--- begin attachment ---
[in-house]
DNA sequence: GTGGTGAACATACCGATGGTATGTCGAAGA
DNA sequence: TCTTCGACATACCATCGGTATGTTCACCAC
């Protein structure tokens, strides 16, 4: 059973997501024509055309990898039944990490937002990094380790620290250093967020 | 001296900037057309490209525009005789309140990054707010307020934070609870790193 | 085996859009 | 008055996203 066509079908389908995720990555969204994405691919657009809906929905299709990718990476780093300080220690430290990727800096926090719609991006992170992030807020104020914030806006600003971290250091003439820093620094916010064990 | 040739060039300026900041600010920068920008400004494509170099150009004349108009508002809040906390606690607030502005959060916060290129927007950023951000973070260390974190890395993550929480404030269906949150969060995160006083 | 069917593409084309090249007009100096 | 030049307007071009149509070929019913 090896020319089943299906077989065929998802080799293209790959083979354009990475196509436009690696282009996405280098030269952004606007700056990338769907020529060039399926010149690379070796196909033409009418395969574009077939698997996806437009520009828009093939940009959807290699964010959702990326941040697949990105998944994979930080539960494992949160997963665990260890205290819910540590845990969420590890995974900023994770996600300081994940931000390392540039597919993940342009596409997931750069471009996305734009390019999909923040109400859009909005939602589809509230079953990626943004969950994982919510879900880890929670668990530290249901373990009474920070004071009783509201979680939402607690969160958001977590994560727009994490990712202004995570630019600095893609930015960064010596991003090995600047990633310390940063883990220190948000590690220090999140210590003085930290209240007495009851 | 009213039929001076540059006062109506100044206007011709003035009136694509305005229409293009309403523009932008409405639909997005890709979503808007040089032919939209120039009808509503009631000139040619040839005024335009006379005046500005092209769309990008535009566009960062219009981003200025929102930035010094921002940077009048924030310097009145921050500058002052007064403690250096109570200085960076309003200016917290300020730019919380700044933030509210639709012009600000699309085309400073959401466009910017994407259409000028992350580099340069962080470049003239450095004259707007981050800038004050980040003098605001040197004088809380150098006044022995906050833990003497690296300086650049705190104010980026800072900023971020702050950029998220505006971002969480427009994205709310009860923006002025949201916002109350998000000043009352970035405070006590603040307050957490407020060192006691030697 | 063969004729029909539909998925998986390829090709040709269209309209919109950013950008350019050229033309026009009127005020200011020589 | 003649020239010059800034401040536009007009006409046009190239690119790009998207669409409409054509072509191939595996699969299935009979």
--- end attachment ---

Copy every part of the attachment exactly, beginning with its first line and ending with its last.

[in-house]
DNA sequence: GTGGTGAACATACCGATGGTATGTCGAAGA
DNA sequence: TCTTCGACATACCATCGGTATGTTCACCAC
């Protein structure tokens, strides 16, 4: 059973997501024509055309990898039944990490937002990094380790620290250093967020 | 001296900037057309490209525009005789309140990054707010307020934070609870790193 | 085996859009 | 008055996203 066509079908389908995720990555969204994405691919657009809906929905299709990718990476780093300080220690430290990727800096926090719609991006992170992030807020104020914030806006600003971290250091003439820093620094916010064990 | 040739060039300026900041600010920068920008400004494509170099150009004349108009508002809040906390606690607030502005959060916060290129927007950023951000973070260390974190890395993550929480404030269906949150969060995160006083 | 069917593409084309090249007009100096 | 030049307007071009149509070929019913 090896020319089943299906077989065929998802080799293209790959083979354009990475196509436009690696282009996405280098030269952004606007700056990338769907020529060039399926010149690379070796196909033409009418395969574009077939698997996806437009520009828009093939940009959807290699964010959702990326941040697949990105998944994979930080539960494992949160997963665990260890205290819910540590845990969420590890995974900023994770996600300081994940931000390392540039597919993940342009596409997931750069471009996305734009390019999909923040109400859009909005939602589809509230079953990626943004969950994982919510879900880890929670668990530290249901373990009474920070004071009783509201979680939402607690969160958001977590994560727009994490990712202004995570630019600095893609930015960064010596991003090995600047990633310390940063883990220190948000590690220090999140210590003085930290209240007495009851 | 009213039929001076540059006062109506100044206007011709003035009136694509305005229409293009309403523009932008409405639909997005890709979503808007040089032919939209120039009808509503009631000139040619040839005024335009006379005046500005092209769309990008535009566009960062219009981003200025929102930035010094921002940077009048924030310097009145921050500058002052007064403690250096109570200085960076309003200016917290300020730019919380700044933030509210639709012009600000699309085309400073959401466009910017994407259409000028992350580099340069962080470049003239450095004259707007981050800038004050980040003098605001040197004088809380150098006044022995906050833990003497690296300086650049705190104010980026800072900023971020702050950029998220505006971002969480427009994205709310009860923006002025949201916002109350998000000043009352970035405070006590603040307050957490407020060192006691030697 | 063969004729029909539909998925998986390829090709040709269209309209919109950013950008350019050229033309026009009127005020200011020589 | 003649020239010059800034401040536009007009006409046009190239690119790009998207669409409409054509072509191939595996699969299935009979």